For those that can't figure it out (as I couldn't at the time), most objects can't really withstand having 500 pounds suddenly added to its frame. Especially trees. They hate that. So what happens is that too much ice will encase a branch and then the branch falls. Too much ice encases a tree, and the tree simply topples. Old roofs and whatnot just collapse. And I'm not just talking about rickity sheds or small baby trees. I'm talking gigantic oaks will just come crashing down, destroying whatever happens to be in it's way. Magnificent old houses will shudder and topple. Office building windows get covered in ice and the entire sheet of ice some dozens of feet in area, will slide off whatever floor it is on and smash to the ground. Power lines and poles falling everywhere, on a city-wide scale (Rochester is by no means a small town). It was a total war zone.
We didn't sleep the rest of the night as I recall. The power went out all over the city at around midnight. We just stood huddled around candles in our basement listening to walkman radios for news and looking outside at the deafening noise of the sky falling just outside our range of site. Occassionally, a falling tree would tear through part of our home.
I can't really find much documentation on the net (this was a few years before the net "broke" but as I recall damage estimates as high as 5 or 6 billion dollars where being tossed around for that first night alone. The only thing that can really come close to the experience would be a major earth-shattering earthquake or volcano explosion. Martial law was declared before the sun even rose. The entire city was without power, and a good fifth without homes.
I remember when the sun finally rose, the morning after that violent night, when everybody first stepped out of their homes and took a look at the world around them.
It was, in a word, magnificent.
For those that haven't seen something like this it is almost impossible to describe or even convey. The first thing that struck you was not all the damage, the live electrical cables sputtering about in the streets, 75% of the trees lying horizontal, many on objects, the house next door looking like somebody had picked up a hundred year old oak and simply smashed it right through the middle of the structure, all the damage, all the destruction. No, the first thing that struck you was how awe-inspiringly beautiful the world looked. Everything sparkled. Everything was covered in ice, reflecting light in all directions. The world looked like it was encased in an exoskeleton of diamonds. The trees, the houses, the bushs, the grass, the street, everything. It was brilliant, it was so bright you had to put on sunglasses. It looked like some other world, some other planet, some fairy tale. We went to bed in just another suburban neighborhood and woke up in a land of fairydust. Indescribable.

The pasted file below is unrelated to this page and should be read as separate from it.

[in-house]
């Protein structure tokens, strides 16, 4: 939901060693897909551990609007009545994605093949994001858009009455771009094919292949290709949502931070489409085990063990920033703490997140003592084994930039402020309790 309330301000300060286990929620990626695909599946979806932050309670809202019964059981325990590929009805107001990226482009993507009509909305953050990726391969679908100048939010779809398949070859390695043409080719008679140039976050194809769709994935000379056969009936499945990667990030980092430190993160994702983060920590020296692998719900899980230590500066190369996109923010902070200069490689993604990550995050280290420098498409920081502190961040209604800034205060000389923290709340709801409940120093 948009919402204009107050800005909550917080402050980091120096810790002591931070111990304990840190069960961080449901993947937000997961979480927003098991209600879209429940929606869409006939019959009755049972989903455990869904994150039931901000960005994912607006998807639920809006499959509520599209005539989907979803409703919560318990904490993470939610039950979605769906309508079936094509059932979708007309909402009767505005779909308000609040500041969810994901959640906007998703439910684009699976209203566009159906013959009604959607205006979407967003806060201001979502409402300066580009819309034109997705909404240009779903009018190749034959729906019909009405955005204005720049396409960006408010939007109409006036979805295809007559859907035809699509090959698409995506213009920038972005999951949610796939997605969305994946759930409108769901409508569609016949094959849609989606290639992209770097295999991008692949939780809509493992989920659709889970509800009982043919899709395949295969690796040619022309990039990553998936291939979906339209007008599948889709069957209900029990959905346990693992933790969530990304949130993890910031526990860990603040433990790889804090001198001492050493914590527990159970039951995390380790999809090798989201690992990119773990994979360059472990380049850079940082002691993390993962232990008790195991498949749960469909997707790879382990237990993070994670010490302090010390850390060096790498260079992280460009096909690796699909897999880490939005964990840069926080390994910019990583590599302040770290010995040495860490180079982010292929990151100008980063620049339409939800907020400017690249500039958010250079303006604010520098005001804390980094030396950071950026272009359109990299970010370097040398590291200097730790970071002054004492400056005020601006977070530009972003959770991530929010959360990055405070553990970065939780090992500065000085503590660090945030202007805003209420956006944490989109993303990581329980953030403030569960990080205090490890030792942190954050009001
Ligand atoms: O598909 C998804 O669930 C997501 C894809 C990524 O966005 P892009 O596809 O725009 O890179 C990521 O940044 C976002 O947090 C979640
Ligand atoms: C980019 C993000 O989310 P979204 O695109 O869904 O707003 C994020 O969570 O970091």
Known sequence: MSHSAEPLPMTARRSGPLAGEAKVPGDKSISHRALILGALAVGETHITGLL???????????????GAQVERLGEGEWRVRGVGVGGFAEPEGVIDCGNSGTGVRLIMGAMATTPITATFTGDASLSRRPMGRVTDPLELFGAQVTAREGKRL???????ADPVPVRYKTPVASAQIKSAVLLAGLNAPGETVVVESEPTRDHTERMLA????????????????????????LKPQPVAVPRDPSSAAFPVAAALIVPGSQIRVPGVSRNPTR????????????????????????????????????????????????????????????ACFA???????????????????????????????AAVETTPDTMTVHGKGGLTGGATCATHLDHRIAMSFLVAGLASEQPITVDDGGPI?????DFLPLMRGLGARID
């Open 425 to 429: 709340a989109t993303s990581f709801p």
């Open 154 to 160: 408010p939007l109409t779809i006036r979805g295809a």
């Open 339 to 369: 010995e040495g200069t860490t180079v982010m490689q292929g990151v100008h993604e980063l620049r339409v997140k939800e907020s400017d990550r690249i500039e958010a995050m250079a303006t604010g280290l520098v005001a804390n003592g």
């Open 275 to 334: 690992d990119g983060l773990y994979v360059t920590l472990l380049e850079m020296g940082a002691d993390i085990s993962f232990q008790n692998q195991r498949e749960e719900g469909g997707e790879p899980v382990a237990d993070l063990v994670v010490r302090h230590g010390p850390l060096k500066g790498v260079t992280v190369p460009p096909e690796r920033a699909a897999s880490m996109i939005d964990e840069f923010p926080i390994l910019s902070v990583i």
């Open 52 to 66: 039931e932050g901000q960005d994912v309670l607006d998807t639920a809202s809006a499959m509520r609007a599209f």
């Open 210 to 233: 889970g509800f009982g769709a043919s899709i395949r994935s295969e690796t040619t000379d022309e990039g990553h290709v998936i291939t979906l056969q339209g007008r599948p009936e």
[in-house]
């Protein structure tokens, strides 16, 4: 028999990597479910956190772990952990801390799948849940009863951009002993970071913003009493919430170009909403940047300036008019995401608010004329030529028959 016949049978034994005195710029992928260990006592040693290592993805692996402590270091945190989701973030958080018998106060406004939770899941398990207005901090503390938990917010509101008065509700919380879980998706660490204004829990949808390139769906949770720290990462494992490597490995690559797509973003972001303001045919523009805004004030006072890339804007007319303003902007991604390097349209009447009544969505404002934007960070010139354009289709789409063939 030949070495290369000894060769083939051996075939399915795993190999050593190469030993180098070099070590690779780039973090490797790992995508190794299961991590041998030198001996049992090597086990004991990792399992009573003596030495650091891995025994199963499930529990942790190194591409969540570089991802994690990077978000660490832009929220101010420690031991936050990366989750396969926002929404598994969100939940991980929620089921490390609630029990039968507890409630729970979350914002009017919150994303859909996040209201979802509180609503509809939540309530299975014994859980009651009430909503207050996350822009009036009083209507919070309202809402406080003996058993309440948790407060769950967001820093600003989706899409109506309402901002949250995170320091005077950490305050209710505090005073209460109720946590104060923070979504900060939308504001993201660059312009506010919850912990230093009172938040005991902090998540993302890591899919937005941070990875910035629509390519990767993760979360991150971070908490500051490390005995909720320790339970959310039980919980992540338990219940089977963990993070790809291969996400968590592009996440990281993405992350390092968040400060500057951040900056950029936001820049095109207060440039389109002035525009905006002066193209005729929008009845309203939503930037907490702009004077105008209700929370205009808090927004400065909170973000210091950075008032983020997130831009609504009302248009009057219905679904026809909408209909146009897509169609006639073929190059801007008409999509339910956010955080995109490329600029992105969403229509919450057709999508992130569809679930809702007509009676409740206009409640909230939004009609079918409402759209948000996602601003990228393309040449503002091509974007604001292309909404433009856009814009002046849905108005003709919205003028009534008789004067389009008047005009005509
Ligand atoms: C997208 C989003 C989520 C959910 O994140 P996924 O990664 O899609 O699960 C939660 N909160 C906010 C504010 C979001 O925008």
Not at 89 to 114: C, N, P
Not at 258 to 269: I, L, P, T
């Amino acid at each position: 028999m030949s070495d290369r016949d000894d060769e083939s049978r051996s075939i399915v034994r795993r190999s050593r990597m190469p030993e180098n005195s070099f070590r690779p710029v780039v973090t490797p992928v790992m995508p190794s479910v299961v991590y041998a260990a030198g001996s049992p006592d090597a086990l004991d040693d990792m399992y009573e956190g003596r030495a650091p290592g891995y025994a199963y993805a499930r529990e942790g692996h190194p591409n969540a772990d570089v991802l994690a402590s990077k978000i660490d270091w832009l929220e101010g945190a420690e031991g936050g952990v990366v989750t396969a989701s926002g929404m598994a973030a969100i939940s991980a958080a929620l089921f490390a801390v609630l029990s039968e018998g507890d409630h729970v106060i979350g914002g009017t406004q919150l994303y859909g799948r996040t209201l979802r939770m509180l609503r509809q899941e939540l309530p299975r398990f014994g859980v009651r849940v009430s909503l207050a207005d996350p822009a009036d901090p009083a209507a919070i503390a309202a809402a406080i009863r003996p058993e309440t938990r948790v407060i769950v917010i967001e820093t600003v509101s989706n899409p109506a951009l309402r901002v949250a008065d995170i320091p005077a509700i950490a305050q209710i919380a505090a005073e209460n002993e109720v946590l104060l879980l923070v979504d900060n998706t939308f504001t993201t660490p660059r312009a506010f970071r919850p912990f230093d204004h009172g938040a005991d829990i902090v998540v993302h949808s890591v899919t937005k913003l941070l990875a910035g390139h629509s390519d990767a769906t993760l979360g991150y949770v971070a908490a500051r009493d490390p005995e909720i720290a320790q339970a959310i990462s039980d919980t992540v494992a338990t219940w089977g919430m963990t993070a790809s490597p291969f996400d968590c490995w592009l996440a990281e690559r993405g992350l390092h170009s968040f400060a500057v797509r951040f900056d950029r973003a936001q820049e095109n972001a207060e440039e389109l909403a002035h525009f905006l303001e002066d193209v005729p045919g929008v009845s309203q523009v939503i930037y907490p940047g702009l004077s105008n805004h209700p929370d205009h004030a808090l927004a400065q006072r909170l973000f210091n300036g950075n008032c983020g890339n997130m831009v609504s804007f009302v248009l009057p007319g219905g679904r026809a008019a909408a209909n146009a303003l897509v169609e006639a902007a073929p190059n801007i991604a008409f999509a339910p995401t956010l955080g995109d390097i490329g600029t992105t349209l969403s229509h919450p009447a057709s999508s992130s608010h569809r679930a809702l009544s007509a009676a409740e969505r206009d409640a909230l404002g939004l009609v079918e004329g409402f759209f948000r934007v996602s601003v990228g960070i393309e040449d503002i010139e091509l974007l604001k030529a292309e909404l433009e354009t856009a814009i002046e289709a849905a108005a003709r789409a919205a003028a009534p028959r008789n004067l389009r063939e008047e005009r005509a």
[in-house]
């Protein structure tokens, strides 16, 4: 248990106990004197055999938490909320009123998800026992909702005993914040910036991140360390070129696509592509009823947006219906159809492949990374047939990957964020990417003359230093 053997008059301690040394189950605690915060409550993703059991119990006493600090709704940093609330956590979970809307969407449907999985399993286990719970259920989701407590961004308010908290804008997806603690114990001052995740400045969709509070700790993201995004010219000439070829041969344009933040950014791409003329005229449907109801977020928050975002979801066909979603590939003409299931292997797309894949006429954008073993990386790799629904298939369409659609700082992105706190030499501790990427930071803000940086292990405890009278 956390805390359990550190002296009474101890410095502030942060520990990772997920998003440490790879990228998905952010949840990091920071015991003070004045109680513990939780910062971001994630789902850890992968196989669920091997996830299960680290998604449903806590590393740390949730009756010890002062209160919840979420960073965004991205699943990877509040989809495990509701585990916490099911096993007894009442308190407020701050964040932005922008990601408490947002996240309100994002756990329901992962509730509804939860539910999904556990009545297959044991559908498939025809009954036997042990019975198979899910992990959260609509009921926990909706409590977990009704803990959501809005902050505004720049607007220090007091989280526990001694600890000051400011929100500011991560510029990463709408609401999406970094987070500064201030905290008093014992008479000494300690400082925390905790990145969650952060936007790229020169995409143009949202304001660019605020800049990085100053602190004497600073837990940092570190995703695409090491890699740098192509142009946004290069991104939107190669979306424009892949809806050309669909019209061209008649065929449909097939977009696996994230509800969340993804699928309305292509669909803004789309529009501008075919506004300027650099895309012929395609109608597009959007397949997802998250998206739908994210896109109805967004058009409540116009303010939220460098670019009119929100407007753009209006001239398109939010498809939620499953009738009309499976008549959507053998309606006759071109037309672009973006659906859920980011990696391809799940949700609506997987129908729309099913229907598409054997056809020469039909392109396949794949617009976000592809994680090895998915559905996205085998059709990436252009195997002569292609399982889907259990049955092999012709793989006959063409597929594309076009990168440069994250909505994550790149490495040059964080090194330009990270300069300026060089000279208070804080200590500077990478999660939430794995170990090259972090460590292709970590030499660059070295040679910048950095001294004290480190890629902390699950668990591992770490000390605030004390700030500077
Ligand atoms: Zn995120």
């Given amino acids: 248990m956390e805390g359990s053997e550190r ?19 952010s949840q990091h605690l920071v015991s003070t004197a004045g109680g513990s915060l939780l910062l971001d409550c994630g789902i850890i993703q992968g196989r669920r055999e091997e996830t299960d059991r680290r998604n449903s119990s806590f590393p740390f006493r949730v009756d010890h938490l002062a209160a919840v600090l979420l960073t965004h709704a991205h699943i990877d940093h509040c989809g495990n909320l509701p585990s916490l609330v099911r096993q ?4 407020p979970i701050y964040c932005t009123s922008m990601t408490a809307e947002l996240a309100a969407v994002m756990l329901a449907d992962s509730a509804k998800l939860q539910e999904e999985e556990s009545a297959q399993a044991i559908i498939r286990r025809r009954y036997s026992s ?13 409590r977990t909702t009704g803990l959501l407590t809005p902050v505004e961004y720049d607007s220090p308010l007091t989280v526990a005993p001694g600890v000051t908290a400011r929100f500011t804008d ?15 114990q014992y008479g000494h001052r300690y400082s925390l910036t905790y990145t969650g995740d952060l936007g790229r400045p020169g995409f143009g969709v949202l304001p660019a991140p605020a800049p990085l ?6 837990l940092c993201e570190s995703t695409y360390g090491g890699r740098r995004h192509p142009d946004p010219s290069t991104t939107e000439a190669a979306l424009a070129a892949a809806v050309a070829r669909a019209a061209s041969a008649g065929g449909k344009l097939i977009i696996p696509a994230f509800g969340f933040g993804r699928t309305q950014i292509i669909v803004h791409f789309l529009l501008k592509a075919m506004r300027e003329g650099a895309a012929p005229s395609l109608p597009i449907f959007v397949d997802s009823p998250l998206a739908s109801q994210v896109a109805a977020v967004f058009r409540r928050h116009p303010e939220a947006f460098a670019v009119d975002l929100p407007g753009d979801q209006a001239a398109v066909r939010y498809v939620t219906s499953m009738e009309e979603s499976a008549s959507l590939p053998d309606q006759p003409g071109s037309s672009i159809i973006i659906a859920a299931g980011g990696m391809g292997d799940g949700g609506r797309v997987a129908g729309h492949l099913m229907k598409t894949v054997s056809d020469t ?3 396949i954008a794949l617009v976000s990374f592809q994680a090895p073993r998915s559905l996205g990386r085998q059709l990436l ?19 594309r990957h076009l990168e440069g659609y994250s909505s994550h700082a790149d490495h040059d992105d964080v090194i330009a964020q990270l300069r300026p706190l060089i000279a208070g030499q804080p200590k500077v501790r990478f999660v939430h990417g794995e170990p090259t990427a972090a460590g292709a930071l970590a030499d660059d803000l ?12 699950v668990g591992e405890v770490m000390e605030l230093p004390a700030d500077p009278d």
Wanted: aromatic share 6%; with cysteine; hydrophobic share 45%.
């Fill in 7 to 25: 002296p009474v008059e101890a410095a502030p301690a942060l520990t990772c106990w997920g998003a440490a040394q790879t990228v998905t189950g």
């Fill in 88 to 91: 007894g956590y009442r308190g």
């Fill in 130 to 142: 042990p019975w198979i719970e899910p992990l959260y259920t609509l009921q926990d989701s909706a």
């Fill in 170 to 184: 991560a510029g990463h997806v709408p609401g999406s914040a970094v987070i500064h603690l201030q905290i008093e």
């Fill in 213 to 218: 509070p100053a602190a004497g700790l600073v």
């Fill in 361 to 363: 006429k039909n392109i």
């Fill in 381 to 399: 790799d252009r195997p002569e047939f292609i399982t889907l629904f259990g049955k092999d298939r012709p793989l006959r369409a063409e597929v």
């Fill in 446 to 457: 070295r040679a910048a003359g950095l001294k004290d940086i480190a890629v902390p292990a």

After that wore off then the sheer power of the violence was seen. Decimated is a good word to use to describe what the city looked like. Like in The Regulators by Richard Bachman, it looked like some roaving band of people with enormous cartoon guns rode through the city and just destroyed everything in sight. It took your breath away. The city had, in a word, fallen.
My mother and new baby sister were in Kansas thank God visiting our family (where ironically enough they braved a tornado practically upon getting off the plane) and when we managed to contact them my father simply told his wife "I think you should just stay there another week or two." So it was me my dad my brother and my sister, the kids all around 12. I can't imagine how we got through it intact. If the power goes out for more then 30 seconds these days I go fucking batshit. We, like many, were without power for 16 days. 16 DAYS!!! It was like camping. We were stranded in the wilderness of suburbia.
The damage didn't stop that first night. The Ice Storm lasted another few days, though that first night was by far the worst and the nights that followed mostly consisted of "aftershocks". More problems arose when the ice started melting. Watching literally a ton of ice fall off a 9 story office building onto a parked car is pretty fucking cool albiet a bit of a shock. There was also a helluva lot of human goodness. It became like one big foxhole. Community spirit. There was one guy on the block who had a generator and he would spend his day going up and down the neighborhood plugging it into each house for about an hour. People let the people whose houses didn't fair to well stay with them, oftentimes complete strangers. People donated what they could to others, gymnasiums became shelters, a group of men would among falling ice and trees brave the weather to fix the old ladies roof down the street as quickly as possible, a neighborhood effort was made to track down the two missing dogs of our neighboor (who tucked tail and ran from the backyard the second the fence was smashed beyond recognition, we were all worried about all the downed live powerlines but they turned out okay). It really helped bolster my opinion that human beings are all basically good.